Electronic Prescription Service
The Electronic Prescription Service (EPS) is an NHS service which allows us to send your prescriptions electronically to a pharmacy of your choice (near to where you live, work or shop).
You have 2 choices for how this works:
- You can choose a pharmacy or dispenser to dispense all your prescriptions. When you get a prescription, it will be sent electronically to the dispenser you have chosen. You can collect your medicines or appliances without having to hand in a paper prescription.
- You can decide each time you are issued a prescription where you would like it to be dispensed. When you are issued a prescription, you will be given a paper copy that you can take to any pharmacy or other dispenser in England. The paper copy will contain a unique barcode that will be scanned to download your prescription from the secure NHS database.
Important Information regarding your Prescription
Changes to prescribing of bath and shower
The NHS will be asking doctors to stop or greatly reduce the prescribing of some
treatments. This is because the treatments are:
• Not as safe as other treatments OR
• Not as good (effective) as other treatments OR
• More expensive than other treatments that do the same thing.
This includes bath and shower preparations for dry and itchy skin conditions.
This document will explain why the changes are happening and where you can get more
information and support.
Which bath and shower preparations are affected?
Moisturising bath and shower preparations are bath oils that are poured into the bath
water, and bath and shower emollients which can be used to wash the body. These
products are used for dry and itchy skin conditions such as eczema.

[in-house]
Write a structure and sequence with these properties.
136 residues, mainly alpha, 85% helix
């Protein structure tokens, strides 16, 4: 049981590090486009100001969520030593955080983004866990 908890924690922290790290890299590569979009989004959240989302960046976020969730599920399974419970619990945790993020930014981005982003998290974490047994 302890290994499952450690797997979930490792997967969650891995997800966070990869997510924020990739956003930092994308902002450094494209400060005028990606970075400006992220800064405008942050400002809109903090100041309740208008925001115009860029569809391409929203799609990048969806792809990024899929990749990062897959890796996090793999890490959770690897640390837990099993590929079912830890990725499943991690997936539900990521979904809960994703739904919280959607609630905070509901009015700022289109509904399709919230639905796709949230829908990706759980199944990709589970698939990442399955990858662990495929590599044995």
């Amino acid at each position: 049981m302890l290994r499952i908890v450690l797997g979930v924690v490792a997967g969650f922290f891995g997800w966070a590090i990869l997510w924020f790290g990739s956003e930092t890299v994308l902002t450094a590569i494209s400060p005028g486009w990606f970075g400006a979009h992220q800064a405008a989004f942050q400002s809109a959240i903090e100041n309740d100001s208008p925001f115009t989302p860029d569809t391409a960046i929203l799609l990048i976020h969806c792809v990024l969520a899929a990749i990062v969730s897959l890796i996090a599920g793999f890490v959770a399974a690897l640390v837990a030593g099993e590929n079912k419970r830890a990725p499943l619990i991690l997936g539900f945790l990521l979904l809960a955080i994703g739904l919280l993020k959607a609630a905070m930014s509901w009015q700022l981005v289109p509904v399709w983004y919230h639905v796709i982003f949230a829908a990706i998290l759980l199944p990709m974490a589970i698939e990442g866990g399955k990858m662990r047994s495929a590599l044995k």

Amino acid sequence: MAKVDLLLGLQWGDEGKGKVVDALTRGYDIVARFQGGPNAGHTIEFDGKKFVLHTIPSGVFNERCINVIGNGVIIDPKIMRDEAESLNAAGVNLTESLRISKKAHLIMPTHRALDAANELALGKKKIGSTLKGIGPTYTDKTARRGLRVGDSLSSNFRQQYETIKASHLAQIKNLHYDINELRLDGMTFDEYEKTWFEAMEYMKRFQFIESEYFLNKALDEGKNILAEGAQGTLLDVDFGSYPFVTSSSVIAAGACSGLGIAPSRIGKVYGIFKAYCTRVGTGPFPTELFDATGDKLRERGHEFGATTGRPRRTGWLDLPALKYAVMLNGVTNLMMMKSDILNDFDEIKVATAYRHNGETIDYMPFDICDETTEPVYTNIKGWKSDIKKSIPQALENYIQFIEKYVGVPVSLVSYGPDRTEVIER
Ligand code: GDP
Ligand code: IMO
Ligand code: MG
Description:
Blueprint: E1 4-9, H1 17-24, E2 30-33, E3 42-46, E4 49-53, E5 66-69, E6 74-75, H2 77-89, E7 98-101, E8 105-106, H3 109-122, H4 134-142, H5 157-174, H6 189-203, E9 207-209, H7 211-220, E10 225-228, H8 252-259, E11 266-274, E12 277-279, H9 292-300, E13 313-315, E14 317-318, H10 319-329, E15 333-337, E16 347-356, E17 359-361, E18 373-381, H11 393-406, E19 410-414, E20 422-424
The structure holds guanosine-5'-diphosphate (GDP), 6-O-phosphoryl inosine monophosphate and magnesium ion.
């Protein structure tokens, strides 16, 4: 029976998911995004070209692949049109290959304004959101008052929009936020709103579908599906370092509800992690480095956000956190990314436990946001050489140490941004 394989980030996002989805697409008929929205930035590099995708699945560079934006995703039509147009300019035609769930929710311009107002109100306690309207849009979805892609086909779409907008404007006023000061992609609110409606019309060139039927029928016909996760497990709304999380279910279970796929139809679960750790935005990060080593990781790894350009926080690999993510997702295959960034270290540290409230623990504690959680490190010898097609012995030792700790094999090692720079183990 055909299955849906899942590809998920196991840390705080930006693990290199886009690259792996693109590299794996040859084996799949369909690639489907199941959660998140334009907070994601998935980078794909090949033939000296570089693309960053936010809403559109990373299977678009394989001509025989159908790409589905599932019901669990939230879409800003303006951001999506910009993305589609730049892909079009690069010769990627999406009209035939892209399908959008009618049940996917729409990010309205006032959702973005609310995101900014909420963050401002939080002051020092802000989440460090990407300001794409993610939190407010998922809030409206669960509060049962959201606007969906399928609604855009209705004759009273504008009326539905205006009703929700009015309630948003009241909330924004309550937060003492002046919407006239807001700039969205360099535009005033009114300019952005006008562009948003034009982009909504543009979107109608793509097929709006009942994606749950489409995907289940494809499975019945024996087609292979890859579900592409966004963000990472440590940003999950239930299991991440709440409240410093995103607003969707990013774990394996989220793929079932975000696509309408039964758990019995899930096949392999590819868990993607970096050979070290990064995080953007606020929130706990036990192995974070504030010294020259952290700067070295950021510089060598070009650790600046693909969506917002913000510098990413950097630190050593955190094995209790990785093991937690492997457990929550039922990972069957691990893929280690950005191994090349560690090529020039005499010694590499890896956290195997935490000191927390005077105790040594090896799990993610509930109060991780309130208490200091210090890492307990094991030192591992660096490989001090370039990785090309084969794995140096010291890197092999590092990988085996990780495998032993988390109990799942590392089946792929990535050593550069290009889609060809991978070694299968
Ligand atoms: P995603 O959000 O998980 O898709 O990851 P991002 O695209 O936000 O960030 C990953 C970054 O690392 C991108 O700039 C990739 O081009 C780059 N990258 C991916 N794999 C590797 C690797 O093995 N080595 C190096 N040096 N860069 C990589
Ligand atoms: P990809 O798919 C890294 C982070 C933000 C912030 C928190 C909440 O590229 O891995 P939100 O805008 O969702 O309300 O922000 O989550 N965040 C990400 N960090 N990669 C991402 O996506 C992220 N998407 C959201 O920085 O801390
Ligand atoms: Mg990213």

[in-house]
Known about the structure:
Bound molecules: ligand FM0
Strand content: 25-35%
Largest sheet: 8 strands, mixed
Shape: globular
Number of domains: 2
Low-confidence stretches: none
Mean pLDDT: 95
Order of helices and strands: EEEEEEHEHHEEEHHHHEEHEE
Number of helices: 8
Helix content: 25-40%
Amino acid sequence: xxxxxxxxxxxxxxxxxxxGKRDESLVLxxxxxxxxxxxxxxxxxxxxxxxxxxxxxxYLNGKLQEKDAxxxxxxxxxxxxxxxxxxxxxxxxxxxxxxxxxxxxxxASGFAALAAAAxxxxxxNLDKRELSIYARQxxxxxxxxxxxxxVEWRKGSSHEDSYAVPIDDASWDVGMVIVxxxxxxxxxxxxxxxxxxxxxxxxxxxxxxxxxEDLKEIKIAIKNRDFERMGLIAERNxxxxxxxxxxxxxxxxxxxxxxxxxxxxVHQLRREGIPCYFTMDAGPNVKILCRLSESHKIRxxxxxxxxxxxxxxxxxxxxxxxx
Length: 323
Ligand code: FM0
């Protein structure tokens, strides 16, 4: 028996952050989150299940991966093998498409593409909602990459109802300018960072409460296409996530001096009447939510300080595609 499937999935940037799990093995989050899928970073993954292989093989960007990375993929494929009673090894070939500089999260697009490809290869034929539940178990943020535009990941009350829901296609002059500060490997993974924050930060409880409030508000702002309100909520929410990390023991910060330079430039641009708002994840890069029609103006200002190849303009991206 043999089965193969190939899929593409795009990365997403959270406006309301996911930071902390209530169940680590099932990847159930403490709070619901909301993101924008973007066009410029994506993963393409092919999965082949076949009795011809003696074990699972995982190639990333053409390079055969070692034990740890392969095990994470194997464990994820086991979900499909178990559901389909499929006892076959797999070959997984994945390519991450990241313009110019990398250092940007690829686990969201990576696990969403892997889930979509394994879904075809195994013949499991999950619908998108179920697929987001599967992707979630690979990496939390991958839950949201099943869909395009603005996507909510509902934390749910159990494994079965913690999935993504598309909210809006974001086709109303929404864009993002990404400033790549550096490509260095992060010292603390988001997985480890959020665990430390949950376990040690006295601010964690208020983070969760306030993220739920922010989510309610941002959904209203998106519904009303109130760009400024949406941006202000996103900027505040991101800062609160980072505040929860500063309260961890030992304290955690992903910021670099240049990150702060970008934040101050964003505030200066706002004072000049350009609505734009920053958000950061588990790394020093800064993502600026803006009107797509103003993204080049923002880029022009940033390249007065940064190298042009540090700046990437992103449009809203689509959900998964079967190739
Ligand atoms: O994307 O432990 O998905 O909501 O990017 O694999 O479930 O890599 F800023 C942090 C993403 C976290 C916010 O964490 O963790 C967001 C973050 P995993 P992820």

Why will these bath and shower preparations not be prescribed
A study showed that using pour in the bath emollients did not make any difference to
eczema symptoms and therefore using these products is not a good use of NHS
There is no good quality evidence to show that bath and shower emollients are more
effective than leave on emollients used as a soap substitute.
There are also risks with using bath emollients such as skin irritation if large amounts
are used, particularly if antiseptic bath oils are used.
What options are available instead of these bath and shower
It is still really important to use leave-on emollient moisturisers and avoid soap.
Emollients can be used as a soap substitute. Mix a small amount (around teaspoonful)
of emollient in the palm of your hand with a little warm water and spread it over damp or
dry skin. Rinse and pat the skin dry, being careful not to rub it.
You can use soap substitutes for handwashing, showering or in the bath. Emollients do
not foam like normal soap but are just as effective at cleaning the skin.
Items which should not routinely be prescribed in primary care – bath and shower
preparations for dry and itchy skin conditions
Where can I find more information and support?
• You can speak to your local pharmacist, GP or the person who prescribed the
medication to you.
• Your local patient group.
• NHS website https://www.nhs.uk/conditions/emollients/
• The Patients Association can also offer support and advice: www.patientsassociation.
org.uk/ or call 020 8423 8999
• British Medical Journal. Results of the BATHE study including patient video.
Find out more about the medicines that are being stopped or reduced: